And so it was that recently I took part in the People Managements webinar entitled Social Media: Opportunity or Danger? Expertly facilitated by PM’s Editor in chief Rob McLaughlan and Digital Marketing Manager Zoe Bearne. I was one of three ‘speakers’, the other two being Al Shah, Social Media Demand Manager for GlaxoSmithKline and Lucy Turner, an independent HR Consultant.
When you look at it, the title of the webinar says it all really doesn’t it? "Opportunity or Threat" really sums up where the HR function and organisations are in general with Social Medai – still undecided, nervous and unsure largely how to manage it, use it or embrace it, especially internally. This was the crux of my presentation. In my work as a consultant, I’m helping companies engage with customers using social and community strategies. For the small but growing number of organisations that are beginning to use social media externally like this (beyond using it as an advertising/broadcast channel) the are seeing and reaping the benefits – increased customer loyalty, trust, openness, feedback, innovation – the list goes on but the overall big deliverable is a significant commercial return through increased engagement. There’s the magic word – engagement. That will be the prize all organisations are currently chasing in terms of employees, in a time when we are reminded that engagement levels amongst the rank and file are at an all time low.
Yet, even in these organisations who do ‘get it’ from an external, customer facing perspective, I often find that when you look around inside the organisation, beyond the marketing or customer service functions that are engaging in this way, the attitude to social media takes on a whole different, and more negative turn. Often, you will find that for employees in other functions access is denied to social media, and or limited to strict viewing times and or overtly ‘policed’. Here is an example response from one of the webinar attendees that illustrates this beautifully:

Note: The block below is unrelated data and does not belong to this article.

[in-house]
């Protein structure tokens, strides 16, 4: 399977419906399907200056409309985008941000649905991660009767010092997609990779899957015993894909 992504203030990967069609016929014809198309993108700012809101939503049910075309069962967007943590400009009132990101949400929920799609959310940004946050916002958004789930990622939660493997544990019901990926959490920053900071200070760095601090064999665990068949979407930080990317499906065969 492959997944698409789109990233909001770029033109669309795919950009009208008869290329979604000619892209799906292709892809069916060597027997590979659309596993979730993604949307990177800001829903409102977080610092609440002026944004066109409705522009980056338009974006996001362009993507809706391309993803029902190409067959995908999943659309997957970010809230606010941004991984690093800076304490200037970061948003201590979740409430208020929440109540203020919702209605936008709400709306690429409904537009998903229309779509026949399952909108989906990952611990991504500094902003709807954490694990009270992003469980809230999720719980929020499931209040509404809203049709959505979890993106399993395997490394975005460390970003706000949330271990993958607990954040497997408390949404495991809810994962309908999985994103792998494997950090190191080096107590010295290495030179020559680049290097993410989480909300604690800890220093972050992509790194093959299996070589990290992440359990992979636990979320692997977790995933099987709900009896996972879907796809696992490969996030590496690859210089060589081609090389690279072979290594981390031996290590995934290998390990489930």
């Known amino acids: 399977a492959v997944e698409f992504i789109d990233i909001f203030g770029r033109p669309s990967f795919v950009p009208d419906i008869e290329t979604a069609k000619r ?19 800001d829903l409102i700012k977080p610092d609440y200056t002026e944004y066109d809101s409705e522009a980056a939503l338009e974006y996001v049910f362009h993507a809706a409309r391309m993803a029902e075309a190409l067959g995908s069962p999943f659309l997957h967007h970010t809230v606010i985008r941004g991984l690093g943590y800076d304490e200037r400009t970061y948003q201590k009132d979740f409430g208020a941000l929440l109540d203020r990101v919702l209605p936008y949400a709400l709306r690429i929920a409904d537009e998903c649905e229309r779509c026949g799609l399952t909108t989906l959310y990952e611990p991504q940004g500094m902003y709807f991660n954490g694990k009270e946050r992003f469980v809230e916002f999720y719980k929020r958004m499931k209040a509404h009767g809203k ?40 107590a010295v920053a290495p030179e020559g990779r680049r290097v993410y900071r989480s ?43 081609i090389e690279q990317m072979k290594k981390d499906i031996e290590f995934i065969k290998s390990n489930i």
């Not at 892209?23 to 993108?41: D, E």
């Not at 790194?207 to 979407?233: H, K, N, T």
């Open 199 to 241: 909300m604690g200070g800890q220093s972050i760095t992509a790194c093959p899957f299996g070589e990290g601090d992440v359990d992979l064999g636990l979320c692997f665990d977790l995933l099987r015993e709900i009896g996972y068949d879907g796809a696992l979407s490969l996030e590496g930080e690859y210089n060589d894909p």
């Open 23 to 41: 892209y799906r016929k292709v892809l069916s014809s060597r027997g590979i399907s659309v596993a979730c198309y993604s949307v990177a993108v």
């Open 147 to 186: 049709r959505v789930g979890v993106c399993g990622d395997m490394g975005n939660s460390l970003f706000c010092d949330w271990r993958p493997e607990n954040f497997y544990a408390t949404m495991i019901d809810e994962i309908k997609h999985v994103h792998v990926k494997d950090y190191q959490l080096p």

"My response to the first question, if it had been available, would have been "we allow use of social media for business use only"
I won’t to go into detail here about the folly of this policing or restriction as it is well covered elsewhere, but it is clear we still largely have not yet grasped that mirroring what some companies are doing externally with customers and applying the same approach INSIDE the organisation with employees could pay huge dividends. Actually, I would (and do!) argue that in the long term you will fail in your external endeavours with customers if you don’t embrace the same principles internally with employees – you can’t be social on the outside if you are not social on the inside.
The problem, and therefore the barrier, is one of perception in my view. One look at the questions that came in over email during the webinar shows that social media is actually being blamed or observed negatively for things that, actually, have nothing to do with social media. Here is a sample of some of the comments/questions:
"All very well but there are serious legal risks in employees using sm. Bullying and harassment of other employees can mean the employer is liable."
"How do you draft a social media policy so that it does not interfere with productivity at work?"